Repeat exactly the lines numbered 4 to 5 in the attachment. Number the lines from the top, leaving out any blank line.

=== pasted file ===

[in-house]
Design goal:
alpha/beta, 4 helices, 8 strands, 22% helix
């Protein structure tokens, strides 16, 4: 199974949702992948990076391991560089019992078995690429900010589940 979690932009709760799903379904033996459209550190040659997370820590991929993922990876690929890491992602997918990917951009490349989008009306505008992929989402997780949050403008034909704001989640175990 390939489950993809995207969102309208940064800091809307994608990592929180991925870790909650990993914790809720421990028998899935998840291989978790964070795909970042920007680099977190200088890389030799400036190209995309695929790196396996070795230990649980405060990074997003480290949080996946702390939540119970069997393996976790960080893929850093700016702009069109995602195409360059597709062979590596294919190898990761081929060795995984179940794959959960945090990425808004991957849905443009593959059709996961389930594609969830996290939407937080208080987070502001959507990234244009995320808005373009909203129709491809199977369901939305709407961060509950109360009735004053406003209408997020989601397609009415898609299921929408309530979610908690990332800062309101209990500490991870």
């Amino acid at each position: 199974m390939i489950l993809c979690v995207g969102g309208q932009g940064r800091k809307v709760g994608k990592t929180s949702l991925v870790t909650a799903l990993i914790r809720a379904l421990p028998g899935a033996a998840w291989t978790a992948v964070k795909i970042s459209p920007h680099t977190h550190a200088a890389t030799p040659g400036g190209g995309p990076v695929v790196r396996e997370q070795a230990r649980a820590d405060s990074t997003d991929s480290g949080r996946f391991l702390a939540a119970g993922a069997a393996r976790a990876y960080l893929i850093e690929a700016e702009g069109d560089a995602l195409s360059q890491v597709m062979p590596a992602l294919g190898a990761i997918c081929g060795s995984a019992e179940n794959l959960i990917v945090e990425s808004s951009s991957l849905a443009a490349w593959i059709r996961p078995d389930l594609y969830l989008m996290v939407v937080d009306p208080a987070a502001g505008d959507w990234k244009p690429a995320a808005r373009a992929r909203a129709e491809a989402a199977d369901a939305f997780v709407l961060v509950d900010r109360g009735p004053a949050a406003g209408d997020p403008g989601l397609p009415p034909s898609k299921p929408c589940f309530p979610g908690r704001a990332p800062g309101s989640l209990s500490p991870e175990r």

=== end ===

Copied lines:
């Protein structure tokens, strides 16, 4: 199974949702992948990076391991560089019992078995690429900010589940 979690932009709760799903379904033996459209550190040659997370820590991929993922990876690929890491992602997918990917951009490349989008009306505008992929989402997780949050403008034909704001989640175990 390939489950993809995207969102309208940064800091809307994608990592929180991925870790909650990993914790809720421990028998899935998840291989978790964070795909970042920007680099977190200088890389030799400036190209995309695929790196396996070795230990649980405060990074997003480290949080996946702390939540119970069997393996976790960080893929850093700016702009069109995602195409360059597709062979590596294919190898990761081929060795995984179940794959959960945090990425808004991957849905443009593959059709996961389930594609969830996290939407937080208080987070502001959507990234244009995320808005373009909203129709491809199977369901939305709407961060509950109360009735004053406003209408997020989601397609009415898609299921929408309530979610908690990332800062309101209990500490991870």
């Amino acid at each position: 199974m390939i489950l993809c979690v995207g969102g309208q932009g940064r800091k809307v709760g994608k990592t929180s949702l991925v870790t909650a799903l990993i914790r809720a379904l421990p028998g899935a033996a998840w291989t978790a992948v964070k795909i970042s459209p920007h680099t977190h550190a200088a890389t030799p040659g400036g190209g995309p990076v695929v790196r396996e997370q070795a230990r649980a820590d405060s990074t997003d991929s480290g949080r996946f391991l702390a939540a119970g993922a069997a393996r976790a990876y960080l893929i850093e690929a700016e702009g069109d560089a995602l195409s360059q890491v597709m062979p590596a992602l294919g190898a990761i997918c081929g060795s995984a019992e179940n794959l959960i990917v945090e990425s808004s951009s991957l849905a443009a490349w593959i059709r996961p078995d389930l594609y969830l989008m996290v939407v937080d009306p208080a987070a502001g505008d959507w990234k244009p690429a995320a808005r373009a992929r909203a129709e491809a989402a199977d369901a939305f997780v709407l961060v509950d900010r109360g009735p004053a949050a406003g209408d997020p403008g989601l397609p009415p034909s898609k299921p929408c589940f309530p979610g908690r704001a990332p800062g309101s989640l209990s500490p991870e175990r």